2 relentless UK stocks thrashing the FTSE 100!

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Inevitably, there are many FTSE 100 companies with no intention of aggressively pursuing growth. Perhaps they operate in a mature industry or are working to improve their balance sheets.

However, there are certain companies that never rest. Like Amazon, they have that drive to expand and capture further market share. You could even call them relentless, which was actually Jeff Bezos’s preferred original name for Amazon.

Indeed, if you type “relentless” into a search engine with .com after it, you will still be redirected to the tech juggernaut’s website.

Of course, bold growth plans sometimes result in firms biting off more than they can chew. But these two ambitious FTSE 100 companies have so far managed to find the sweet spot.

Acquisition machine

Ashtead (LSE: AHT) rents out a wide selection of construction and industrial equipment to a diverse range of industries. It has grown tremendously for over two decades and is now the leading plant hire firm in the UK and the second largest in North America.

It has reached this enormous scale partly through its voracious acquisition strategy. In 2017, it spent £437m on bolt-on acquisitions and new site openings. That jumped to $1.3bn and $1.1bn in 2022 and 2023, respectively.

Consequently, its market share in the US has risen from 8% in 2018 to 13% today. Management intends to increase that figure further.

Now, one downside is that the bulk of Ashtead’s business is tied to the economic cycle. That presents challenges if there’s a severe economic downturn. However, to make its earnings more resilient, the company has moved into numerous specialty industries.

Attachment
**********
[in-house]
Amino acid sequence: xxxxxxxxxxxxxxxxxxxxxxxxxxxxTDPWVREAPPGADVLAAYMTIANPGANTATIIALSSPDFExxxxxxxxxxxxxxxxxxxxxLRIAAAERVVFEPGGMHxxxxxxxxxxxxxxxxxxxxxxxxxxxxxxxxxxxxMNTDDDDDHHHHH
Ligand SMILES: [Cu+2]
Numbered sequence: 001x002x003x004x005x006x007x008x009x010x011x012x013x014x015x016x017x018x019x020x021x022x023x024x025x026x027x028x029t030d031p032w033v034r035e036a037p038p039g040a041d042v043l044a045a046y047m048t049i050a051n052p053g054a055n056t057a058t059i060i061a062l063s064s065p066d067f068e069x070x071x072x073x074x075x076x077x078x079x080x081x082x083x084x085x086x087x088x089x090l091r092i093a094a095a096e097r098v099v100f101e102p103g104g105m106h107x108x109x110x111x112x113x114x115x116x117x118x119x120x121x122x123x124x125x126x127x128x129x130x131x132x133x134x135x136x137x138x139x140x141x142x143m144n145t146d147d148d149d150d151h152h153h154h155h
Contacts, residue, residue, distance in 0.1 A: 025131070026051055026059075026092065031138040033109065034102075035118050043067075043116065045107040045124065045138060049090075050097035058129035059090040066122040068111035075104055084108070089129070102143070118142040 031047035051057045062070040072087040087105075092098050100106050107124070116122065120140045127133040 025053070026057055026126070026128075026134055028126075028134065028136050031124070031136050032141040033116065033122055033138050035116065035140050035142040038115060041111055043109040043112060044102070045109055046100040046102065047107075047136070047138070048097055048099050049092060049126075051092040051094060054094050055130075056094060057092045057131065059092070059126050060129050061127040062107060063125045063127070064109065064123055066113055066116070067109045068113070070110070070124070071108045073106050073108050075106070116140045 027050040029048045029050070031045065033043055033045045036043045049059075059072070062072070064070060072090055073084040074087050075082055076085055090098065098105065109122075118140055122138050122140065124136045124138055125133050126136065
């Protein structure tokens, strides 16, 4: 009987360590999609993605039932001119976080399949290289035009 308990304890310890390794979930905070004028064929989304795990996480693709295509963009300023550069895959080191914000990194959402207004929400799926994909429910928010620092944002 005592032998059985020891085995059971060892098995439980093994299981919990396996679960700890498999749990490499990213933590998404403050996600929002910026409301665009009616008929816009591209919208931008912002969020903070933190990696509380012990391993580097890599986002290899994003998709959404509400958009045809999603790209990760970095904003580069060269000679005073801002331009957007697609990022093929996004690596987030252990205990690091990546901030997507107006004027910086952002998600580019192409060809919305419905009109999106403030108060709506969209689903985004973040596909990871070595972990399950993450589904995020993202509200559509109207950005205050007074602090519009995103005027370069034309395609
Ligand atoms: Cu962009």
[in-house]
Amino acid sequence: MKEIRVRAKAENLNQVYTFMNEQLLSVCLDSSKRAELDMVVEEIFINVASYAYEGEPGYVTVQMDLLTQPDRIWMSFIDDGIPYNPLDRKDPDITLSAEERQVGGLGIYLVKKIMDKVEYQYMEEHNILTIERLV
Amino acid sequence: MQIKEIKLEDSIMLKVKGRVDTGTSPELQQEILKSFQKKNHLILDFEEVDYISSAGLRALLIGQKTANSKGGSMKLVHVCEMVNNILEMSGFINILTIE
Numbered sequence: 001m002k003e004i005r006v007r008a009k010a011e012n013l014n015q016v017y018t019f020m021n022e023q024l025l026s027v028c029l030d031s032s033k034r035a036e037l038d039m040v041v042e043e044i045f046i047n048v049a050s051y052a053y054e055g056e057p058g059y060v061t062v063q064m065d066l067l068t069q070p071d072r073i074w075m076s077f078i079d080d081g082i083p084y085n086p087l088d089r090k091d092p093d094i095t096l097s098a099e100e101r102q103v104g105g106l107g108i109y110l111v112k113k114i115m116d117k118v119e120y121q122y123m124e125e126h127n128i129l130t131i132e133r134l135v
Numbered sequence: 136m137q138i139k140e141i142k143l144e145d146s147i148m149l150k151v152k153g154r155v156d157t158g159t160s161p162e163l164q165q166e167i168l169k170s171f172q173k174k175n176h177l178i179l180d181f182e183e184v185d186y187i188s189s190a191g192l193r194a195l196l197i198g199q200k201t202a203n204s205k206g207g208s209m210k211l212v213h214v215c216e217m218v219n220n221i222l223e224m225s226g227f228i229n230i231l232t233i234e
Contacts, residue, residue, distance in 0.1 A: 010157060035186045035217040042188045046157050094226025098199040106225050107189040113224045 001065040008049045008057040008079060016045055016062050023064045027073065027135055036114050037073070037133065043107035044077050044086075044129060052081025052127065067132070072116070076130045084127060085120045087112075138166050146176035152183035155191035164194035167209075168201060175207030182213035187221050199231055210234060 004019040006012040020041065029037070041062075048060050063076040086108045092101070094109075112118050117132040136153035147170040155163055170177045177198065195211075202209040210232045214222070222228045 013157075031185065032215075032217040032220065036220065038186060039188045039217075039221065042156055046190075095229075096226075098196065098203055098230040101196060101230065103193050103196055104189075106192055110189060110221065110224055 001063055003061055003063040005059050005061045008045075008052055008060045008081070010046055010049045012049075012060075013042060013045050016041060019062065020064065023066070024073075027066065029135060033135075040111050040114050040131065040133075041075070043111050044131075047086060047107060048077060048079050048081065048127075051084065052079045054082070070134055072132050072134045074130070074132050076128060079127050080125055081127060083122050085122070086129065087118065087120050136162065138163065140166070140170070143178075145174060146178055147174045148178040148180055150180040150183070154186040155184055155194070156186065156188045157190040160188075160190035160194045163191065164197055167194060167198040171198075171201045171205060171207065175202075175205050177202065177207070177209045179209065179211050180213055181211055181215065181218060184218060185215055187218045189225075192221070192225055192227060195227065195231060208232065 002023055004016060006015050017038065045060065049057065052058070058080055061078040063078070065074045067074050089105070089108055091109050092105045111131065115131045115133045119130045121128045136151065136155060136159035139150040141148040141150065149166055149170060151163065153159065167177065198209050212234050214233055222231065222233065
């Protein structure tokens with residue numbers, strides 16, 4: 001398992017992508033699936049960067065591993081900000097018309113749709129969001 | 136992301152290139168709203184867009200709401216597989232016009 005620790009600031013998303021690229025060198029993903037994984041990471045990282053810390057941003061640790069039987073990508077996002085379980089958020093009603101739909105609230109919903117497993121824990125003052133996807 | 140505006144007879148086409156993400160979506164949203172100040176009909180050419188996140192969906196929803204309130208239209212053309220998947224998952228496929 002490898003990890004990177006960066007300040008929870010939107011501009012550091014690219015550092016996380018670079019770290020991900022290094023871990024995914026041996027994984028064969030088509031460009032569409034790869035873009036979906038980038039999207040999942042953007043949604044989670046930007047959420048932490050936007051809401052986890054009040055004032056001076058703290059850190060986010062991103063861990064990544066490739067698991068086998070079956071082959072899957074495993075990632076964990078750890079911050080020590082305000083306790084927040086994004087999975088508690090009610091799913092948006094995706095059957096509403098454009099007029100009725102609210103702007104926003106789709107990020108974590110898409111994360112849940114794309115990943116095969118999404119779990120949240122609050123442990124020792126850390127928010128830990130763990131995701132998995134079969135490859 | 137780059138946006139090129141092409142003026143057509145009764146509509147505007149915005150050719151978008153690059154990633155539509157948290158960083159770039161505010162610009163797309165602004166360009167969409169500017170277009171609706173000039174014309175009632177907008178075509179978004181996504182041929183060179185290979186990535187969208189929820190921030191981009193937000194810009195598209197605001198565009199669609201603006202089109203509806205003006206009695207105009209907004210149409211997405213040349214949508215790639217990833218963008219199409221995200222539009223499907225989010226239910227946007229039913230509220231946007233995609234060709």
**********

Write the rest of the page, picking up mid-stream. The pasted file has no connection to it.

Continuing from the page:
For instance, it rents out golf course maintenance equipment and entered the commercial cleaning industry in 2015. While construction demand ebbs and flows, grass will always need mowing and buildings constantly need cleaning.

In 2021, it also started hiring out special cameras, rigs, and lighting equipment to major film and TV production sets.

Ashtead’s five-year share price return of 127% crushes that of the FTSE 100 (-3%).

Building a massive pipeline

The second FTSE 100 firm not resting on its laurels is AstraZeneca (LSE: AZN), the UK’s largest company by market cap.

As of July, the biopharmaceutical giant had 172 projects in its pipeline across oncology, cardiovascular, respiratory, and rare diseases. And this exceptional product pipeline has recently been bearing fruit, with a record 34 regulatory approvals in major markets last year.

Not content to stand still, though, AstraZeneca is investing a massive $2.6bn per quarter on R&D!

Importantly, analysts expect the company’s momentum to continue. According to TradingView, of the 31 brokers covering the stock, not a single one currently has a ‘sell’ rating on it.

The drugmaker also has a strong position in China, which now accounts for 13% of its global sales. That is undoubtedly a very attractive market long term, with 39% of the country’s population projected to be over retirement age by 2050.

But it does present risk, given rising geopolitical tensions between the West and China. In response, AstraZeneca has reportedly drafted plans to spin off its China operations into a separately listed company. That could unlock additional shareholder value, but an element of uncertainty remains.

The shares are up 83% in five years, but I think they look poised to rise further.

The post 2 relentless UK stocks thrashing the FTSE 100! appeared first on The Motley Fool UK.

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John Mackey, former CEO of Whole Foods Market, an Amazon subsidiary, is a member of The Motley Fool’s board of directors. Ben McPoland has positions in Ashtead Group Plc. The Motley Fool UK has recommended Amazon.com. Views expressed on the companies mentioned in this article are those of the writer and therefore may differ from the official recommendations we make in our subscription services such as Share Advisor, Hidden Winners and Pro. Here at The Motley Fool we believe that considering a diverse range of insights makes us better investors.

Motley Fool UK 2023